The role of the expert witness in arbitration proceedings is in many ways the same as that of the expert in civil litigation proceedings.
Whether appointed by the parties or by the tribunal, an expert is required to give their independent opinion on the issue(s) referred to them. They would base this opinion on the facts presented to them, applying their expertise and experience.
The parties and the tribunal may question or challenge the expert, and the tribunal might decide which expert’s evidence it prefers or, in the case of a single expert, whether to accept their evidence.
While an arbitrator may have been selected for their relevant experience or expertise, typically this is to ensure the arbitrator has an understanding of the issues in the dispute. It is not intended to put the arbitrator in the role of an expert giving and relying on their own opinion in making their award.
The appointment of experts in arbitration can be a way to further educate the tribunal on a specific issue, as well as to offer a professional opinion.
An essential aspect of the UNCITRAL arbitration process concerns the powers of the tribunal. The UNCITRAL Rules provide the arbitral tribunal with wide-ranging powers concerning the conduct and timing of the proceedings, evidence, the issuance of awards, interim measures and more. Article 26 provides for an expert to be appointed by the tribunal itself.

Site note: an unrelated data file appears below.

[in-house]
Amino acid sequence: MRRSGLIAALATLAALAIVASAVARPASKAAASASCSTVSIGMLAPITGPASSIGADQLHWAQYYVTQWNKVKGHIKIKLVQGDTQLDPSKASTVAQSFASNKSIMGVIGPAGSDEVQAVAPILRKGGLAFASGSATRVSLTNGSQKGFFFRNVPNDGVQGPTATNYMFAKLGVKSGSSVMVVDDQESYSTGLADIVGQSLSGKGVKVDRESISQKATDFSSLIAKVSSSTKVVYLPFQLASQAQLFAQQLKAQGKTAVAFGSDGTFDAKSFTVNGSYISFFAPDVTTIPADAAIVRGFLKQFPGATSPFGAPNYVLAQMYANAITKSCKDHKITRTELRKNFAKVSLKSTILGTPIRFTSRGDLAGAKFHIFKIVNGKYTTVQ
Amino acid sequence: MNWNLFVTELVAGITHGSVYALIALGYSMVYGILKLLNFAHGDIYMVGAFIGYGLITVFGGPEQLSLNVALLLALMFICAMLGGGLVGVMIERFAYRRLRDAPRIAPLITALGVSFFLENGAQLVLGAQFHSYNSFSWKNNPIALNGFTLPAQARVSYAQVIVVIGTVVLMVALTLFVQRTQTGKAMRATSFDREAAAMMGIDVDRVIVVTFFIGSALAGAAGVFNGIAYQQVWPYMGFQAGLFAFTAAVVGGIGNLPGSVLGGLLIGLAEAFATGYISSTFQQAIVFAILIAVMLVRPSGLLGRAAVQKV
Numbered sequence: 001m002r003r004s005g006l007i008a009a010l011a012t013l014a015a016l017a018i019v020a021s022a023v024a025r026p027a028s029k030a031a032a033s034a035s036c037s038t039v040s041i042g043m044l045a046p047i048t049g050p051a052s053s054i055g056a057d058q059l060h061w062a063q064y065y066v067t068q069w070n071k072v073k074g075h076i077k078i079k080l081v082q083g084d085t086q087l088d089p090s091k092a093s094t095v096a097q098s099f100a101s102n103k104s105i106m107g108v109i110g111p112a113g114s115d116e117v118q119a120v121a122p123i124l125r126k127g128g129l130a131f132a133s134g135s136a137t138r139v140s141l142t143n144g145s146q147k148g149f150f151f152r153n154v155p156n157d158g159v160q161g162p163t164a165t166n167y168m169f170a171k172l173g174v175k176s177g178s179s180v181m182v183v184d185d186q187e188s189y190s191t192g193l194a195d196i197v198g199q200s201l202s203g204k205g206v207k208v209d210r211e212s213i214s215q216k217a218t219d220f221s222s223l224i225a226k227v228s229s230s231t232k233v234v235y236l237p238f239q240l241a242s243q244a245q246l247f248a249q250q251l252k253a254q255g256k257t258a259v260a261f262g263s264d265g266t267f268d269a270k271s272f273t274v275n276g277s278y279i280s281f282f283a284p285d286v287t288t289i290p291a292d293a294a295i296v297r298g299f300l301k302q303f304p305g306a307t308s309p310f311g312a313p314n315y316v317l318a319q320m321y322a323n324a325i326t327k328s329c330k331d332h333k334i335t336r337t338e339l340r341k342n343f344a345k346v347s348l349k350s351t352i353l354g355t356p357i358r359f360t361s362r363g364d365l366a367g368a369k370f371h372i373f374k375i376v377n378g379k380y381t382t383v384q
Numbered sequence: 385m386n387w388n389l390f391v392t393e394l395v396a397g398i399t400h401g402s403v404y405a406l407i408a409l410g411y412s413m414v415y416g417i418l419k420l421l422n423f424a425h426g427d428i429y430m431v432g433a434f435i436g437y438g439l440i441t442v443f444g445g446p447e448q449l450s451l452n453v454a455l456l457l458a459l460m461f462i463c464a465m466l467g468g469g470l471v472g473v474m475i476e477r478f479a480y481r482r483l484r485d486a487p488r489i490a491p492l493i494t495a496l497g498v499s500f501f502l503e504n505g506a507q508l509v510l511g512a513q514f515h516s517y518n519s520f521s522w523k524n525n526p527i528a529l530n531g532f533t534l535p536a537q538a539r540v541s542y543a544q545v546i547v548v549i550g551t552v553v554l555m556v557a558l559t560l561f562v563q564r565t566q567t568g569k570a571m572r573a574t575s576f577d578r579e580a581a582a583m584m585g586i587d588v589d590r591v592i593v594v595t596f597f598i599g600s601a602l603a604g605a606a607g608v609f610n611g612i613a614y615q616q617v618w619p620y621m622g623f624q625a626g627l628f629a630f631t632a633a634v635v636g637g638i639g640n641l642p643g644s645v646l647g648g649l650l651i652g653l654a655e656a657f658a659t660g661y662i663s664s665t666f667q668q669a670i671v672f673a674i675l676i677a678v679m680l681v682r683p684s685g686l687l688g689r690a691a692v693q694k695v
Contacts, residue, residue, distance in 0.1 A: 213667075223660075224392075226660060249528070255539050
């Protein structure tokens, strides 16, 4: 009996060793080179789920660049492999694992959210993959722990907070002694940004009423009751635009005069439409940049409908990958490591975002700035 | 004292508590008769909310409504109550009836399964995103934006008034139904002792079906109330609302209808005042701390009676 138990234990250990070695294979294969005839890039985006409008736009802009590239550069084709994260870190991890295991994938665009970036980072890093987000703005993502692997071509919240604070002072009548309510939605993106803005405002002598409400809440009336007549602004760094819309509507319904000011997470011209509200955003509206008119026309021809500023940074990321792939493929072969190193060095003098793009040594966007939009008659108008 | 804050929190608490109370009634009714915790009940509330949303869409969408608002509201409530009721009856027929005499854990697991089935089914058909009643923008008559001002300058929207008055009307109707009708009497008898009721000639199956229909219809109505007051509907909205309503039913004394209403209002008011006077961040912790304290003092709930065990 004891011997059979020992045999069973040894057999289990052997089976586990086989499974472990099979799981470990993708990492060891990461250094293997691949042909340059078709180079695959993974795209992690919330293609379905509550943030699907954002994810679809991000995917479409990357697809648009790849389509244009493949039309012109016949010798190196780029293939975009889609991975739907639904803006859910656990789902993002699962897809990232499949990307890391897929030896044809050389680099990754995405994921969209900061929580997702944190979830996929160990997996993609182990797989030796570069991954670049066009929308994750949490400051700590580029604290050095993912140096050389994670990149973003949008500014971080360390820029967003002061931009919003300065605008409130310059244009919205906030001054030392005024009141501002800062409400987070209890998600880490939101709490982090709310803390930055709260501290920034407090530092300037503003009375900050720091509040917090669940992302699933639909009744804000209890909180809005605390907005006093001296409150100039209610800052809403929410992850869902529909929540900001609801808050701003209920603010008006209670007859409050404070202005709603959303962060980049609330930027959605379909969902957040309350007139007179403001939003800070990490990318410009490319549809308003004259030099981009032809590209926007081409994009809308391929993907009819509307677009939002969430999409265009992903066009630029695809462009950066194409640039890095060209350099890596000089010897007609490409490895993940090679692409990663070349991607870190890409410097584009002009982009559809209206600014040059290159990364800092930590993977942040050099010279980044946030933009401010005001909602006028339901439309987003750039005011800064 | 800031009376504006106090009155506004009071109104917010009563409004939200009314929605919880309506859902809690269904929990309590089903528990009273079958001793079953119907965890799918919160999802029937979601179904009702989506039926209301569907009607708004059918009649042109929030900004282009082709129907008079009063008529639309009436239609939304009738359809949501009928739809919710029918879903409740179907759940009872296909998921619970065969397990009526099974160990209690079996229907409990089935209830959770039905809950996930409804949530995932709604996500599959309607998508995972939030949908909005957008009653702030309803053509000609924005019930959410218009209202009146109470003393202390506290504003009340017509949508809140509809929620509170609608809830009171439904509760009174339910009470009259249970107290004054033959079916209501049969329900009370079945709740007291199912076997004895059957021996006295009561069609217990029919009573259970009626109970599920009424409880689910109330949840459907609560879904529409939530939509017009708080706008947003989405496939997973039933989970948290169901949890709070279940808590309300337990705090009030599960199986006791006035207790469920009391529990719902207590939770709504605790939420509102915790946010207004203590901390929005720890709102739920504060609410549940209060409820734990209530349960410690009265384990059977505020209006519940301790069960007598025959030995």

Article 26 was significantly influenced and inspired by the corresponding article of the 1976 UNCITRAL Arbitration Rules (article 27) and indeed the wording of both articles is very similar.
The first drafts of article 26 hewed even more closely to article 27 of the UNCITRAL Arbitration Rules, with only minor differences between them.
Article 26 started to take its own form by introducing the principle that the ability of the tribunal to appoint an expert was subject to the contrary agreement of the parties.
This reflected the prevailing view arising from early discussions that parties should be able to preclude the tribunal from calling an expert at any time. This issue was to be distinguished from the question of whether a party could present the evidence of an expert witness in arbitration.
It was agreed that the arbitral tribunal should hear such expert witnesses as provided for in the UNCITRAL Arbitration Rules.
For further information, read the comprehensive commentary on the UNCITRAL Model Law on International Arbitration. Tomas Vail has contributed a chapter on tribunal-appointed experts to the book: